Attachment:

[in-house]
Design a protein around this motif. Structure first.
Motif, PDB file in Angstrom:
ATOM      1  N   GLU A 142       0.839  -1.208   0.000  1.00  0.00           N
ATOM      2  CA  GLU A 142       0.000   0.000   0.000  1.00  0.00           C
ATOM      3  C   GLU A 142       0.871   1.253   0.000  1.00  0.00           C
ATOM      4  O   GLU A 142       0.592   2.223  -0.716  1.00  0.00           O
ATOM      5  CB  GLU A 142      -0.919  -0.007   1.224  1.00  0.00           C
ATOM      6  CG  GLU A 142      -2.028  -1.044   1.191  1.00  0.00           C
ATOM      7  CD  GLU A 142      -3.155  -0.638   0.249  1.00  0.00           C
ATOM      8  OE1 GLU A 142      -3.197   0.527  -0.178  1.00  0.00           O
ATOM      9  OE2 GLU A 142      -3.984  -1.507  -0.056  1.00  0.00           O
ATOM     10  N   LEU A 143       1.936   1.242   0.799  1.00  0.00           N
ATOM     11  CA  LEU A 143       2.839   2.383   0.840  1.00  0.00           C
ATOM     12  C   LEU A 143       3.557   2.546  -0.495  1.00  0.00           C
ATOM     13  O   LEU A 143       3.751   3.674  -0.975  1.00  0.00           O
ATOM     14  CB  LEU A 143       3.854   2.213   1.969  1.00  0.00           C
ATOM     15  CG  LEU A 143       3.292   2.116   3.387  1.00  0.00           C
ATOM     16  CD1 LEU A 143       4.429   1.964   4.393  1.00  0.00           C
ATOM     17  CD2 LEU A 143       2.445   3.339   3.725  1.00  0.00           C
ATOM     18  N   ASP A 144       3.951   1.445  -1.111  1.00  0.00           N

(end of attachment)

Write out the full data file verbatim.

[in-house]
Design a protein around this motif. Structure first.
Motif, PDB file in Angstrom:
ATOM      1  N   GLU A 142       0.839  -1.208   0.000  1.00  0.00           N
ATOM      2  CA  GLU A 142       0.000   0.000   0.000  1.00  0.00           C
ATOM      3  C   GLU A 142       0.871   1.253   0.000  1.00  0.00           C
ATOM      4  O   GLU A 142       0.592   2.223  -0.716  1.00  0.00           O
ATOM      5  CB  GLU A 142      -0.919  -0.007   1.224  1.00  0.00           C
ATOM      6  CG  GLU A 142      -2.028  -1.044   1.191  1.00  0.00           C
ATOM      7  CD  GLU A 142      -3.155  -0.638   0.249  1.00  0.00           C
ATOM      8  OE1 GLU A 142      -3.197   0.527  -0.178  1.00  0.00           O
ATOM      9  OE2 GLU A 142      -3.984  -1.507  -0.056  1.00  0.00           O
ATOM     10  N   LEU A 143       1.936   1.242   0.799  1.00  0.00           N
ATOM     11  CA  LEU A 143       2.839   2.383   0.840  1.00  0.00           C
ATOM     12  C   LEU A 143       3.557   2.546  -0.495  1.00  0.00           C
ATOM     13  O   LEU A 143       3.751   3.674  -0.975  1.00  0.00           O
ATOM     14  CB  LEU A 143       3.854   2.213   1.969  1.00  0.00           C
ATOM     15  CG  LEU A 143       3.292   2.116   3.387  1.00  0.00           C
ATOM     16  CD1 LEU A 143       4.429   1.964   4.393  1.00  0.00           C
ATOM     17  CD2 LEU A 143       2.445   3.339   3.725  1.00  0.00           C
ATOM     18  N   ASP A 144       3.951   1.445  -1.111  1.00  0.00           N